May 31, 1977
VERDI Requiem
Leontyne Price, soprano
Janet Baker, mezzo-soprano
Veriano Luchetti, tenor
José van Dam, bass-baritone
Chicago Symphony Chorus
Margaret Hillis, director
Sir Georg Solti, conductor

April 20, 21, and 22, 1978
RAVEL Shéhérazade
Sir Georg Solti, conductor

May 3, 4, and 6, 1984
ELGAR Sea Pictures, Op. 37
Sir Georg Solti, conductor

Of course, the 1977 interpretation of Verdi’s Requiem was recorded by RCA in Medinah Temple on June 1 and 2. Thomas Z. Shepard produced the recording, and Paul Goodman was the engineer (this was one of the few records Solti made independent of London/Decca). The recording won the 1977 Grammy Award for Best Choral Performance (other than opera) from the National Academy of Recording Arts and Sciences.

One of Dame Janet’s signature works—and the vehicle for her CSO debut—was Berlioz’s Les nuits d’été. Here’s the second song from the cycle (“Le spectre de la rose”) from a March 1972 concert conducted by Herbert Blomstedt.

____________________________________________________

Solti leading a Verdi Requiem recording session at Medinah Temple in June 1977

Sir Georg Solti twice led the Chicago Symphony Orchestra and Chorus in Verdi’s Requiem, with concerts in Orchestra Hall and Carnegie Hall.

April 24 and 26, 1975, at Orchestra Hall (special non-subscription concerts)
April 30, 1975, at Carnegie Hall
Leontyne Price, soprano
Yvonne Minton, mezzo-soprano
Luciano Pavarotti, tenor
Gwynne Howell, bass
Chicago Symphony Chorus
Margaret Hillis, director

May 31, 1977, at Orchestra Hall (Musicians’ Pension Fund concert)
Leontyne Price, soprano
Janet Baker, mezzo-soprano
Veriano Luchetti, tenor
José van Dam, bass-baritone
Chicago Symphony Chorus
Margaret Hillis, director

The work was recorded in Medinah Temple on June 1 and 2, 1977.

John Warrack‘s review in Gramophone magazine noted: “Much credit for bringing four strong and distinctive artists into a unified performance, of distinctive character, clearly resides with Solti. Either he now takes a less hectic, more consolatory view of the work, or he has let the quality of his soloists make this the shaping element of the performance. He is fortunate in an outstanding choir and orchestra, and in a recording that encompasses all the vehemence of the ‘Dies irae’ and also the cool sound of the three flutes accompanying Dame Janet’s beautiful singing of the ‘Agnus Dei’, without any sense of a change of perspective.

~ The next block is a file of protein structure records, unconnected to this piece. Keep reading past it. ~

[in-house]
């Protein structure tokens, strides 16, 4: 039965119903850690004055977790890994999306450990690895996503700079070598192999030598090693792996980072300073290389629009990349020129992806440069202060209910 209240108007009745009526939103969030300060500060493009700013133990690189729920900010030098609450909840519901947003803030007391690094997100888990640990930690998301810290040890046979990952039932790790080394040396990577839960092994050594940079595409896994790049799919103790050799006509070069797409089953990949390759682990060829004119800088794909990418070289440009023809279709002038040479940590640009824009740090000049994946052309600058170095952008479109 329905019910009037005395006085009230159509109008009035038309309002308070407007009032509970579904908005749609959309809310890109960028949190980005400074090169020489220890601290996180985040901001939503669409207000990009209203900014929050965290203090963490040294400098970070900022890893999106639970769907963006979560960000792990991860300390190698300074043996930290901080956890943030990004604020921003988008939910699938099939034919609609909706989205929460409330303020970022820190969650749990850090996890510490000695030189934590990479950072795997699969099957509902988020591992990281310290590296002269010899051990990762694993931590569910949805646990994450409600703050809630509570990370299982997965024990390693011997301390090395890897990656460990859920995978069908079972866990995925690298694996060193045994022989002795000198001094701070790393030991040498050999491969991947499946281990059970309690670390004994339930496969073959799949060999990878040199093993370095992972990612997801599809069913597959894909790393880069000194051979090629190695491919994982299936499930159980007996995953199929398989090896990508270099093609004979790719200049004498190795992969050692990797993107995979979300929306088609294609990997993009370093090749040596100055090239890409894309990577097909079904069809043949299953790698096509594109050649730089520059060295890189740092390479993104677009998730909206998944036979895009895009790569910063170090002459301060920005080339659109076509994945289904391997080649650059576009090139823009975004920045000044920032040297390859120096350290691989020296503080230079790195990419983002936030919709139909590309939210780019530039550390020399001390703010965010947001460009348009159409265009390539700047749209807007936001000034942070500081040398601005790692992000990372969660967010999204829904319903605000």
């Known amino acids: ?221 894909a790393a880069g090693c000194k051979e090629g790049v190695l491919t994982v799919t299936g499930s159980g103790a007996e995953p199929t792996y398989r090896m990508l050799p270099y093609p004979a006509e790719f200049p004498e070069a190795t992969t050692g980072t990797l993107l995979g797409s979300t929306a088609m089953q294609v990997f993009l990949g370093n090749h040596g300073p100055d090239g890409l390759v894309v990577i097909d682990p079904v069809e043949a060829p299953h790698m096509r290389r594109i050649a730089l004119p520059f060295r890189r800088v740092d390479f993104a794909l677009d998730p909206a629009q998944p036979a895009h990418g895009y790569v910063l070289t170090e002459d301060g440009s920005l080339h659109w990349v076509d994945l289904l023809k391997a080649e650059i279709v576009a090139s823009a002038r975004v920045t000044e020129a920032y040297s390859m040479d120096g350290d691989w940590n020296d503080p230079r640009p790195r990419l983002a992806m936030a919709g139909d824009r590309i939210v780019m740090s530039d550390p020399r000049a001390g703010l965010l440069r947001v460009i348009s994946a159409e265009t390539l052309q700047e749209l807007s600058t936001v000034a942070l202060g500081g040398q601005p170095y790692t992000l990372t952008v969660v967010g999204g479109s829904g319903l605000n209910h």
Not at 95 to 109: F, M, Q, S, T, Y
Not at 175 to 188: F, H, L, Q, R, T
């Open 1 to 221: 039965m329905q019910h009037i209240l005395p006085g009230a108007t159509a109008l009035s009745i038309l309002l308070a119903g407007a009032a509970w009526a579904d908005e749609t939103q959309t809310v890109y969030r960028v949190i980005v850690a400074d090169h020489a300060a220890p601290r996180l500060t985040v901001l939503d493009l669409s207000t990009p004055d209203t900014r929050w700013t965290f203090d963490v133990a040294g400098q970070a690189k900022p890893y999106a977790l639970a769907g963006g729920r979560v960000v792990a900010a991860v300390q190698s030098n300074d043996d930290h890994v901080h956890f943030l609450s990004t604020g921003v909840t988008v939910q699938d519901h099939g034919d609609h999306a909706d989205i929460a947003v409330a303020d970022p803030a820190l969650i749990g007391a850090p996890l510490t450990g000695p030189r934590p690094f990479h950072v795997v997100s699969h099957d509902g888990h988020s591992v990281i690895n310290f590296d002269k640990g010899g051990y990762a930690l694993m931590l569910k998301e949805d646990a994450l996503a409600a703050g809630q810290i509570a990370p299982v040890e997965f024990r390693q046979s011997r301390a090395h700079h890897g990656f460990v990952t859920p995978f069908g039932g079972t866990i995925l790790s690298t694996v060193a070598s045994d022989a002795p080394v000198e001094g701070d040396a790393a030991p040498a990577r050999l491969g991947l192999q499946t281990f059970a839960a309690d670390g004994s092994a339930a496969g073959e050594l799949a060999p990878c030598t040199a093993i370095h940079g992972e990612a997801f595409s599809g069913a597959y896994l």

“There are sections where he has allowed the choir to let vehemence do duty for real emphasis—a case in point is the ‘Te decet hymnus’—and the renewal of the main ‘Dies irae’ theme has a slight note of an automatic return to a sensational moment, rather than a re-intensification of the moment of Judgement.

“But this is a fine performance, and one which can stand beside any which has been recorded. To choose between this and the Giulini performance listed above is not really reasonable: Giulini has qualities which are unique, and close to the heart of the work; Solti has his own qualities, and is favoured with at least two incomparable performances among his soloists. We are fortunate to have both interpretations recorded.”

(Warrack refers to Carlo Maria Giulini‘s 1964 recording of Verdi’s Requiem on Angel with the Philharmonia Chorus and Orchestra. The soloists were Elisabeth Schwarzkopf, Christa Ludwig, Nicolai Gedda, and Nicolai Ghiaurov. Solti also recorded the Requiem in November 1967 for London Records with the Vienna Philharmonic and the Vienna State Opera Chorus. Joan Sutherland, Marilyn Horne, Luciano Pavarotti, and Martti Talvela were the soloists.)

Thomas Z. Shepard produced the recording, and Paul Goodman was the engineer for RCA (this was one of the few records Solti made independent of London/Decca). The recording won the 1977 Grammy Award for Best Choral Performance (other than opera) from the National Academy of Recording Arts and Sciences.

the vault

Theodore Thomas